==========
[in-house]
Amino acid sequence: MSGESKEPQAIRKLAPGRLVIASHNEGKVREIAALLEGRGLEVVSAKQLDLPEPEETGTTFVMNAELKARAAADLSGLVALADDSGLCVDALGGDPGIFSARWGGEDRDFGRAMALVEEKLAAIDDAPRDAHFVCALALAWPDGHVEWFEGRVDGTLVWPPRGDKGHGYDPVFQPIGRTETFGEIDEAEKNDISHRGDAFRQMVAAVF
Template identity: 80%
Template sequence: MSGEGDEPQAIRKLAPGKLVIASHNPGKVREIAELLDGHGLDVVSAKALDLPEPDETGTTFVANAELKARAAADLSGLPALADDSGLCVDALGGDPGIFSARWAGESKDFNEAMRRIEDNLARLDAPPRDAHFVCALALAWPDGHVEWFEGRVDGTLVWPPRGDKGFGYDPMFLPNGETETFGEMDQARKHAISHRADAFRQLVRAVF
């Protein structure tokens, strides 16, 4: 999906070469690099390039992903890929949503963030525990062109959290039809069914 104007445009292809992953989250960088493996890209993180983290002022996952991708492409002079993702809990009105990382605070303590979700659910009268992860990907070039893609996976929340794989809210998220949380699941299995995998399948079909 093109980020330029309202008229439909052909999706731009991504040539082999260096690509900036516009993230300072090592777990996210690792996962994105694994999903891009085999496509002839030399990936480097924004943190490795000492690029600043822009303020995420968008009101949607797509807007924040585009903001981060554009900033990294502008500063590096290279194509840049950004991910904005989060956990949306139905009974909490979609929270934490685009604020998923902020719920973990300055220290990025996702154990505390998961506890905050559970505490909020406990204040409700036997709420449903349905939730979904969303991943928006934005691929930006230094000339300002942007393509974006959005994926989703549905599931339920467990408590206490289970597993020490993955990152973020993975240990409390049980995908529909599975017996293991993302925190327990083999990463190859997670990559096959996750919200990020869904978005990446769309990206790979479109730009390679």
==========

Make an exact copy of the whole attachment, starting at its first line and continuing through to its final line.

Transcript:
[in-house]
Amino acid sequence: MSGESKEPQAIRKLAPGRLVIASHNEGKVREIAALLEGRGLEVVSAKQLDLPEPEETGTTFVMNAELKARAAADLSGLVALADDSGLCVDALGGDPGIFSARWGGEDRDFGRAMALVEEKLAAIDDAPRDAHFVCALALAWPDGHVEWFEGRVDGTLVWPPRGDKGHGYDPVFQPIGRTETFGEIDEAEKNDISHRGDAFRQMVAAVF
Template identity: 80%
Template sequence: MSGEGDEPQAIRKLAPGKLVIASHNPGKVREIAELLDGHGLDVVSAKALDLPEPDETGTTFVANAELKARAAADLSGLPALADDSGLCVDALGGDPGIFSARWAGESKDFNEAMRRIEDNLARLDAPPRDAHFVCALALAWPDGHVEWFEGRVDGTLVWPPRGDKGFGYDPMFLPNGETETFGEMDQARKHAISHRADAFRQLVRAVF
């Protein structure tokens, strides 16, 4: 999906070469690099390039992903890929949503963030525990062109959290039809069914 104007445009292809992953989250960088493996890209993180983290002022996952991708492409002079993702809990009105990382605070303590979700659910009268992860990907070039893609996976929340794989809210998220949380699941299995995998399948079909 093109980020330029309202008229439909052909999706731009991504040539082999260096690509900036516009993230300072090592777990996210690792996962994105694994999903891009085999496509002839030399990936480097924004943190490795000492690029600043822009303020995420968008009101949607797509807007924040585009903001981060554009900033990294502008500063590096290279194509840049950004991910904005989060956990949306139905009974909490979609929270934490685009604020998923902020719920973990300055220290990025996702154990505390998961506890905050559970505490909020406990204040409700036997709420449903349905939730979904969303991943928006934005691929930006230094000339300002942007393509974006959005994926989703549905599931339920467990408590206490289970597993020490993955990152973020993975240990409390049980995908529909599975017996293991993302925190327990083999990463190859997670990559096959996750919200990020869904978005990446769309990206790979479109730009390679």